Format

Send to

Choose Destination
Vox Sang. 2009 Jan;96(1):56-61. doi: 10.1111/j.1423-0410.2008.01112.x.

Blood group A(1) and A(2) revisited: an immunochemical analysis.

Author information

1
Department of Clinical Chemistry and Transfusion Medicine, Sahlgrenska University Hospital, Göteborg University, Gothenburg, Sweden. lola.svensson@gu.se

Abstract

BACKGROUND AND OBJECTIVE:

The basis of blood group A(1) and A(2) phenotypes has been debated for many decades, and still the chemical basis is unresolved. The literature generally identifies the glycolipid chemical differences between blood group A(1) and A(2) phenotypes as being poor or no expression of A type 3 and A type 4 structures on A(2) red cells, although this assertion is not unanimous.

MATERIALS AND METHODS:

Using purified glycolipids and specific monoclonal antibodies, we revisited the glycolipid basis of the A(1) and A(2) phenotypes. Purified glycolipids were extracted from four individual A(1) and four individual A(2) blood units. One blood unit from an A weak subgroup was also included. Monoclonal anti-A reagents including those originally used to define the basis of A(1) and A(2) phenotypes were used in a thin layer chromatography - enzyme immunoassay to identify the presence of specific glycolipids.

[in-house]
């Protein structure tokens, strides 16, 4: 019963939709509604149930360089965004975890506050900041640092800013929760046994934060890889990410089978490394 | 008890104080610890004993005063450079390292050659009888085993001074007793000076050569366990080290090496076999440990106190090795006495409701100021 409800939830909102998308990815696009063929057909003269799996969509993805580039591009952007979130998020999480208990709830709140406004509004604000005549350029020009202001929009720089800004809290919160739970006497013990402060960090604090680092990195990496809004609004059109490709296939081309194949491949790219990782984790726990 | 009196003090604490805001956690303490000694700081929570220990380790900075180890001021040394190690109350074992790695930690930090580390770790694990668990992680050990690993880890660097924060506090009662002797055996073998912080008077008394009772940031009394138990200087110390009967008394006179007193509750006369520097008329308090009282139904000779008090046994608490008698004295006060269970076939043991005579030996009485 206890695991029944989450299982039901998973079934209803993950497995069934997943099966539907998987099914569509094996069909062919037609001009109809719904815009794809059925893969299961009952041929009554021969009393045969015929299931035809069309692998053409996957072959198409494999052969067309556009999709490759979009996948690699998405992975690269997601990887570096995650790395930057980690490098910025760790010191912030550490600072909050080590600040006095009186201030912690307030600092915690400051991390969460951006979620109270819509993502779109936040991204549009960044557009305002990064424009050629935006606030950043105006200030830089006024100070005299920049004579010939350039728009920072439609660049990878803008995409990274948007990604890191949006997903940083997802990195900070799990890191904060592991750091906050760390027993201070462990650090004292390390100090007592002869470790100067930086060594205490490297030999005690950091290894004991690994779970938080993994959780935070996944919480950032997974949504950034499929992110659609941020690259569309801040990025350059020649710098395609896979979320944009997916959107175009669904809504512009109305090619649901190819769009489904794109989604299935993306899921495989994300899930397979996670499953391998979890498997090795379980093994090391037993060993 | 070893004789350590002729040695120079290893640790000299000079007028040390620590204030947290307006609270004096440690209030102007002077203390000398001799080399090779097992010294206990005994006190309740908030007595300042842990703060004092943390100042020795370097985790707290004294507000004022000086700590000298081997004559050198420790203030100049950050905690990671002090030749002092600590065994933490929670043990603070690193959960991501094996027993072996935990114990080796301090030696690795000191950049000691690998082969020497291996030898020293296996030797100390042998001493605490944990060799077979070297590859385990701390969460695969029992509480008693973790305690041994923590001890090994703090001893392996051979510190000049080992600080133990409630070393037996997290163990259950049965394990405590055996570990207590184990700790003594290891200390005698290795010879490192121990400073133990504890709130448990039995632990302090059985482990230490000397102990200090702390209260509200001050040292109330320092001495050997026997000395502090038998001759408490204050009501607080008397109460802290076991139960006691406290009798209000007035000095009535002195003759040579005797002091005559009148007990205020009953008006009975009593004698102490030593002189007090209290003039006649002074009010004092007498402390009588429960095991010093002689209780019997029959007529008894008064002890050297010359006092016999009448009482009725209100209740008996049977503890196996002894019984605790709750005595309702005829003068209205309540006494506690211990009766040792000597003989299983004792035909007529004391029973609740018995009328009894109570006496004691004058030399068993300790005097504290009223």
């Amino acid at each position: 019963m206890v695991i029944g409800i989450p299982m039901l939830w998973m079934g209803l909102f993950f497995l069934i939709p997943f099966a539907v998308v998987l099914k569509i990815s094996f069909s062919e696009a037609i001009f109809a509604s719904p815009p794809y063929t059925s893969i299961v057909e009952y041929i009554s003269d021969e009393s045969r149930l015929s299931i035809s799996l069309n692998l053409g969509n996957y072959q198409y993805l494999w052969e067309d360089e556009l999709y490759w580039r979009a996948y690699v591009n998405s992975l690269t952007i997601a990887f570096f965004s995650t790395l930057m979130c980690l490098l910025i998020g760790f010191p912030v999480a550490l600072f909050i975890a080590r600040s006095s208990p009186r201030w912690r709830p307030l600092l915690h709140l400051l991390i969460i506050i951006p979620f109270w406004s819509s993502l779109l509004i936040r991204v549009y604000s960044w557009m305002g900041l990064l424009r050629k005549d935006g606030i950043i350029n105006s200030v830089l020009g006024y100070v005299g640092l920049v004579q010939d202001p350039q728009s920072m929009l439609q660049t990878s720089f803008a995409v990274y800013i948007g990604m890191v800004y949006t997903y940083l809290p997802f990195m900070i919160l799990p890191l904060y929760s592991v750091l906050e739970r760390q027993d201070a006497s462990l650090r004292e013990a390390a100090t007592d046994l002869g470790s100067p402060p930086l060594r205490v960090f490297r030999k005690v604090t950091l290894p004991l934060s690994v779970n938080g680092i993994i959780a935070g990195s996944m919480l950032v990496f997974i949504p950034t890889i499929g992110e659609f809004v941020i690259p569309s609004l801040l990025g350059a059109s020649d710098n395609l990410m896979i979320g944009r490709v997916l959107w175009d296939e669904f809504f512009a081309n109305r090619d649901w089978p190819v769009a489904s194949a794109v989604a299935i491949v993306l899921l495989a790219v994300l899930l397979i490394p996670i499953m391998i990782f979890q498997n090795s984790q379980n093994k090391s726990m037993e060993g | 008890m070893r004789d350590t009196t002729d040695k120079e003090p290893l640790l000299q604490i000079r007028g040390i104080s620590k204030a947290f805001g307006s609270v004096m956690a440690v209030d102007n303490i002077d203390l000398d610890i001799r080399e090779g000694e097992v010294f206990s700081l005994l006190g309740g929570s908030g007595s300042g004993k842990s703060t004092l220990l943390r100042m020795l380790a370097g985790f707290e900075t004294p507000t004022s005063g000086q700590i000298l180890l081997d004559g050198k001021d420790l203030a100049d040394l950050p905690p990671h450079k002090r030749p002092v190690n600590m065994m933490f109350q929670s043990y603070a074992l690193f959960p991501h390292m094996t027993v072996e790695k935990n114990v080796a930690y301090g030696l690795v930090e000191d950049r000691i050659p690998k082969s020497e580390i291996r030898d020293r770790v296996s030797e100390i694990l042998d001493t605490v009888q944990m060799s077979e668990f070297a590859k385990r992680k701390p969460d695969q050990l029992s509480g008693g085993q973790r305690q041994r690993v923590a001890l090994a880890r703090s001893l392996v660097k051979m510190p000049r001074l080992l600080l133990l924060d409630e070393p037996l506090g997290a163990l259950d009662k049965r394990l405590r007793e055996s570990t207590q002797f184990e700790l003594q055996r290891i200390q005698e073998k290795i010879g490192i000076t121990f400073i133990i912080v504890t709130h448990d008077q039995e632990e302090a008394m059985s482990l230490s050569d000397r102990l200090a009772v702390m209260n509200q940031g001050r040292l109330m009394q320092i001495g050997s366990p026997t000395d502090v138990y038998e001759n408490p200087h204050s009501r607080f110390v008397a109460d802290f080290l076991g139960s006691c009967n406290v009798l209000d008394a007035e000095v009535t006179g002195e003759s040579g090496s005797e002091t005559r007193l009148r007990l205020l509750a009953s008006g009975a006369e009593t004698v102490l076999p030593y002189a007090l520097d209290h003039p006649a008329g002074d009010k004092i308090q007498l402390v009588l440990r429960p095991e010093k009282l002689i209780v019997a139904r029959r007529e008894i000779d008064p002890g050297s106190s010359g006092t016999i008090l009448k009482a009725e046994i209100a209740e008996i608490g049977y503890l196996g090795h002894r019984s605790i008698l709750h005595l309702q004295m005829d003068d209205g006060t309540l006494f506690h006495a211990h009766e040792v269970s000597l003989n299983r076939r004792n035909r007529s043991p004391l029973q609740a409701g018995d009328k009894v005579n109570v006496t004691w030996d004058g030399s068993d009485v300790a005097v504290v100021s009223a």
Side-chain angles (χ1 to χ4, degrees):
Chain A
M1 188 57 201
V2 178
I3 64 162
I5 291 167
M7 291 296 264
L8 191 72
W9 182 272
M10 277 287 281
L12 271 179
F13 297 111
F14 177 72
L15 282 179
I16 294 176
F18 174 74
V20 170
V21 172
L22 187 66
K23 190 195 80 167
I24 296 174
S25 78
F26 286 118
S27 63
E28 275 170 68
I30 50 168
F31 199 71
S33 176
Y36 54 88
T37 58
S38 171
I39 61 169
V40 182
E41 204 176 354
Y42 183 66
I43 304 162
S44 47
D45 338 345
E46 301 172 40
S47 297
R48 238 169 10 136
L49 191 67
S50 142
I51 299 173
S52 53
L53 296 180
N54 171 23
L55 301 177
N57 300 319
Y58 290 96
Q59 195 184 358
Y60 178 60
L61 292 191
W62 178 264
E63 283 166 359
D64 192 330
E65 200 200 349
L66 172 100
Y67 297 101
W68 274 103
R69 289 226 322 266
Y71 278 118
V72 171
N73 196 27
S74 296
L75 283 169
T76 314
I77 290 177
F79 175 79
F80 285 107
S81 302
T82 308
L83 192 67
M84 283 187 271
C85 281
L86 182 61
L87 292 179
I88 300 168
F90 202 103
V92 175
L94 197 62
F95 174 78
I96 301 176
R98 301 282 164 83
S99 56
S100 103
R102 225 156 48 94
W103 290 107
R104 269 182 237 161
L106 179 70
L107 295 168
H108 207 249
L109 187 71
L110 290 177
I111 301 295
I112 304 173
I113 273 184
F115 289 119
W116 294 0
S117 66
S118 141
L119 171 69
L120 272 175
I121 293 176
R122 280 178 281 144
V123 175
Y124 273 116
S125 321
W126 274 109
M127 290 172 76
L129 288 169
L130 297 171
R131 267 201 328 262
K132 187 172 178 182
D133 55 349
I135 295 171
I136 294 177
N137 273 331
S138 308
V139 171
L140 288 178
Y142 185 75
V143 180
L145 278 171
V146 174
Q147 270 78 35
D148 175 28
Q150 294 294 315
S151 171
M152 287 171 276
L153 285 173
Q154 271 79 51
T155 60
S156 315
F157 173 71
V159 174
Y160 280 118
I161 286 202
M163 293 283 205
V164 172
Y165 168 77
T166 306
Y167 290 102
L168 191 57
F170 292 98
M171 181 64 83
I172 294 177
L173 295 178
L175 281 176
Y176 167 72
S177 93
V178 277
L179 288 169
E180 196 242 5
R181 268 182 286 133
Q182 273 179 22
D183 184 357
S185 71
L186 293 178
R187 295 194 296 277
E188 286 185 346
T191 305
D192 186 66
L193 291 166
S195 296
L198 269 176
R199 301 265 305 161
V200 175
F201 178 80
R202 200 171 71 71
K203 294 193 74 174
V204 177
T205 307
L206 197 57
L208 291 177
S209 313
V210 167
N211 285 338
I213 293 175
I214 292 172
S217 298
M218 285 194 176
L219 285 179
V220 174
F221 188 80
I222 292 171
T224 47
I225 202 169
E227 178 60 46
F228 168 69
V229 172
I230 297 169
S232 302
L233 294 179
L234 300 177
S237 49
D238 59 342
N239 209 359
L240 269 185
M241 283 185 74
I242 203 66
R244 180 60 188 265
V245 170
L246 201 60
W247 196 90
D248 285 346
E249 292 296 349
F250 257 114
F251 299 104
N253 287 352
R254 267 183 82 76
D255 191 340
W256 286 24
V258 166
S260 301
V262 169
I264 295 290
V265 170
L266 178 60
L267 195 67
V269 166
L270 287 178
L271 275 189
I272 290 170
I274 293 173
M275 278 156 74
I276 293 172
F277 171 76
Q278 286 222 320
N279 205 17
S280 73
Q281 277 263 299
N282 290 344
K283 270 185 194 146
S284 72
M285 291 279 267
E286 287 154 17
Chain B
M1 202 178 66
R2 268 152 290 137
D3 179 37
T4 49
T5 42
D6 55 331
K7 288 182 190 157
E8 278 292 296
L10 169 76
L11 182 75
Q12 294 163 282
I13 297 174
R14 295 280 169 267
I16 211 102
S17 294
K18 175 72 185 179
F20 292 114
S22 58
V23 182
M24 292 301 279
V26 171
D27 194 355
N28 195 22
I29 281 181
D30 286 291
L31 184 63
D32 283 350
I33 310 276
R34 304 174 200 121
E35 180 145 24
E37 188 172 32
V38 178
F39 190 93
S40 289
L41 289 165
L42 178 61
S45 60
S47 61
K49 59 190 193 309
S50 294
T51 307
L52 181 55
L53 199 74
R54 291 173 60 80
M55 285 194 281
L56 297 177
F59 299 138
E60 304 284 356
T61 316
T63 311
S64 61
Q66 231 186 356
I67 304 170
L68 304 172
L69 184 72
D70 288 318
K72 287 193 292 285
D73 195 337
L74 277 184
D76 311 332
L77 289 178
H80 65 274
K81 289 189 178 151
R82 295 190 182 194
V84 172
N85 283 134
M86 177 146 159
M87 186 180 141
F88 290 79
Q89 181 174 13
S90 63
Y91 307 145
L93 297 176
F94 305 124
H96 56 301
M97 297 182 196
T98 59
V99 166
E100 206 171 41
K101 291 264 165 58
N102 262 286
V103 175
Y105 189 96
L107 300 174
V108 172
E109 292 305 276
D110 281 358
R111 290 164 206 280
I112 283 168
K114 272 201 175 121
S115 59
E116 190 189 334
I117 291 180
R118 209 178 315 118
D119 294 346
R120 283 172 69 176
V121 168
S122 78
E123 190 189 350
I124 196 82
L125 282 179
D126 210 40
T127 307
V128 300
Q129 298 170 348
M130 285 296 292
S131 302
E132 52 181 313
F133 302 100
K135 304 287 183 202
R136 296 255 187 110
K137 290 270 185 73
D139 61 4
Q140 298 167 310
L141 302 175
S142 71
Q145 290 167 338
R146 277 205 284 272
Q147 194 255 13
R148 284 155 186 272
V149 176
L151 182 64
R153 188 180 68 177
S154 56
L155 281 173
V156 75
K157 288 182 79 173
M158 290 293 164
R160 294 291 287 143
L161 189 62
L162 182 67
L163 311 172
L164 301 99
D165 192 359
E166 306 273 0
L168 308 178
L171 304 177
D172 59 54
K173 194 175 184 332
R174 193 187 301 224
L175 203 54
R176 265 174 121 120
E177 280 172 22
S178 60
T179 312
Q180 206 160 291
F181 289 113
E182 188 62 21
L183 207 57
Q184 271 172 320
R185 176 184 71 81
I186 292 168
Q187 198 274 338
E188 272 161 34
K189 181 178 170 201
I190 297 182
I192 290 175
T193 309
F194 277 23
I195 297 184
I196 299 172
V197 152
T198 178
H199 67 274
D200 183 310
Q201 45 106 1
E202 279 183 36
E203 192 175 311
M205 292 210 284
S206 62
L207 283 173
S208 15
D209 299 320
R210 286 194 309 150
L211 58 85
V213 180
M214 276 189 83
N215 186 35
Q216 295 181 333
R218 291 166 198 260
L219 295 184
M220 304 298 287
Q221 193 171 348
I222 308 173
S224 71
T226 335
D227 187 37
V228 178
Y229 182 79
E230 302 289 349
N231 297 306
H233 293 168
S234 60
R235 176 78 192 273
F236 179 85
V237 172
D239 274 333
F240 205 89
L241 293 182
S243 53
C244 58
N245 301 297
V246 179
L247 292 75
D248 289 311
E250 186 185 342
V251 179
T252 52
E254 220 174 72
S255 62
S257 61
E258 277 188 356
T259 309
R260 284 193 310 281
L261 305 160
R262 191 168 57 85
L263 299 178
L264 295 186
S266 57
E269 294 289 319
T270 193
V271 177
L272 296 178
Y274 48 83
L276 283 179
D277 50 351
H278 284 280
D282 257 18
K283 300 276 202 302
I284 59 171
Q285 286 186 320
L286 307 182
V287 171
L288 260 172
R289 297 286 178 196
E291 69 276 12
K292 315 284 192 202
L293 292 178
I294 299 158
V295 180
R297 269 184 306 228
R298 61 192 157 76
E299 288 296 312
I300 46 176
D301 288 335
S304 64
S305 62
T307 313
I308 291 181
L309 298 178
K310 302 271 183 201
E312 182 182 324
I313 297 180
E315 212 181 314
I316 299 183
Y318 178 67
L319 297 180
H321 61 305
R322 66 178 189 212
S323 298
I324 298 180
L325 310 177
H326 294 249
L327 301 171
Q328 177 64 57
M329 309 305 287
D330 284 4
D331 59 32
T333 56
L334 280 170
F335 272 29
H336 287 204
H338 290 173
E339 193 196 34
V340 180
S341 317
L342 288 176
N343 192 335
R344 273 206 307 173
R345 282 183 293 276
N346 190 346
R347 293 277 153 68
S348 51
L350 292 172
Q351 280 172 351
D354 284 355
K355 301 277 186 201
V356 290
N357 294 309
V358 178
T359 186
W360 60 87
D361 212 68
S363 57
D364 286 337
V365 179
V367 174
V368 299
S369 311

RESULTS:

A type 3 glycolipid structures were found to be present in large amounts in all phenotypes. In contrast, the A type 4 glycolipid structure was virtually undetectable in the A(2) phenotype, but was present in the A(1) and A subgroup samples.

CONCLUSION:

The major glycolipid difference between the A(1) and A(2) phenotypes is the dominance of A type 4 glycolipids in the A(1) phenotype.

[Indexed for MEDLINE]

Supplemental Content

Full text links

Icon for Wiley
Loading ...
Support Center